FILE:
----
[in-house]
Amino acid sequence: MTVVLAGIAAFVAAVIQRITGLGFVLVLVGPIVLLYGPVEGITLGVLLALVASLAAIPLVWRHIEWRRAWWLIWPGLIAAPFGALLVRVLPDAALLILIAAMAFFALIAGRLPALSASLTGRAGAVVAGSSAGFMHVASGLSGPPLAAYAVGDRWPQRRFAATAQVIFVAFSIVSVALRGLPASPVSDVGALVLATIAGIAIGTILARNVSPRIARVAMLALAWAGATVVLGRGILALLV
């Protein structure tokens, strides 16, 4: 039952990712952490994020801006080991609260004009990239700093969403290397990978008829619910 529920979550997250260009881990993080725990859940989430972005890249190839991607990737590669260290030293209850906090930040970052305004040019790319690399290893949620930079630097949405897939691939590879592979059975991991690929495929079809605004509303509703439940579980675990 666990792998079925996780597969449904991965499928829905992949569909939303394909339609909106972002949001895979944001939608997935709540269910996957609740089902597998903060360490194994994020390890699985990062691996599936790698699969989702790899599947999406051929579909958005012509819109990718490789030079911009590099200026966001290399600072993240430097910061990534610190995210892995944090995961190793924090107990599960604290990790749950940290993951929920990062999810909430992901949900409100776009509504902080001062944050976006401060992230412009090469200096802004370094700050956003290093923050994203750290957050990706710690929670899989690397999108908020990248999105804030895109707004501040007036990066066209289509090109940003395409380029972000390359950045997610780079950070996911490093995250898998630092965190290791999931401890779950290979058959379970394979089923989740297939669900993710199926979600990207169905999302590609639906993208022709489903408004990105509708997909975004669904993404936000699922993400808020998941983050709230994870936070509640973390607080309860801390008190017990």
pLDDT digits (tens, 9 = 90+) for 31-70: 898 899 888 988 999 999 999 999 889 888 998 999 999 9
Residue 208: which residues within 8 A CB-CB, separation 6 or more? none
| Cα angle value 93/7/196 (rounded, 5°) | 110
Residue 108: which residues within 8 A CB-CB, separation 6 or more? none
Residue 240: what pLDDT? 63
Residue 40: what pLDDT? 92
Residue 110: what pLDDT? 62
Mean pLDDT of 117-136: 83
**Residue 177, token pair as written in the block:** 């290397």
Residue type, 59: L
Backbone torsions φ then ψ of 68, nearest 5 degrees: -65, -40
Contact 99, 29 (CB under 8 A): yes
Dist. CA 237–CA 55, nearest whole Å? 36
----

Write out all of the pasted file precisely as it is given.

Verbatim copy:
[in-house]
Amino acid sequence: MTVVLAGIAAFVAAVIQRITGLGFVLVLVGPIVLLYGPVEGITLGVLLALVASLAAIPLVWRHIEWRRAWWLIWPGLIAAPFGALLVRVLPDAALLILIAAMAFFALIAGRLPALSASLTGRAGAVVAGSSAGFMHVASGLSGPPLAAYAVGDRWPQRRFAATAQVIFVAFSIVSVALRGLPASPVSDVGALVLATIAGIAIGTILARNVSPRIARVAMLALAWAGATVVLGRGILALLV
């Protein structure tokens, strides 16, 4: 039952990712952490994020801006080991609260004009990239700093969403290397990978008829619910 529920979550997250260009881990993080725990859940989430972005890249190839991607990737590669260290030293209850906090930040970052305004040019790319690399290893949620930079630097949405897939691939590879592979059975991991690929495929079809605004509303509703439940579980675990 666990792998079925996780597969449904991965499928829905992949569909939303394909339609909106972002949001895979944001939608997935709540269910996957609740089902597998903060360490194994994020390890699985990062691996599936790698699969989702790899599947999406051929579909958005012509819109990718490789030079911009590099200026966001290399600072993240430097910061990534610190995210892995944090995961190793924090107990599960604290990790749950940290993951929920990062999810909430992901949900409100776009509504902080001062944050976006401060992230412009090469200096802004370094700050956003290093923050994203750290957050990706710690929670899989690397999108908020990248999105804030895109707004501040007036990066066209289509090109940003395409380029972000390359950045997610780079950070996911490093995250898998630092965190290791999931401890779950290979058959379970394979089923989740297939669900993710199926979600990207169905999302590609639906993208022709489903408004990105509708997909975004669904993404936000699922993400808020998941983050709230994870936070509640973390607080309860801390008190017990």
pLDDT digits (tens, 9 = 90+) for 31-70: 898 899 888 988 999 999 999 999 889 888 998 999 999 9
Residue 208: which residues within 8 A CB-CB, separation 6 or more? none
| Cα angle value 93/7/196 (rounded, 5°) | 110
Residue 108: which residues within 8 A CB-CB, separation 6 or more? none
Residue 240: what pLDDT? 63
Residue 40: what pLDDT? 92
Residue 110: what pLDDT? 62
Mean pLDDT of 117-136: 83
**Residue 177, token pair as written in the block:** 């290397």
Residue type, 59: L
Backbone torsions φ then ψ of 68, nearest 5 degrees: -65, -40
Contact 99, 29 (CB under 8 A): yes
Dist. CA 237–CA 55, nearest whole Å? 36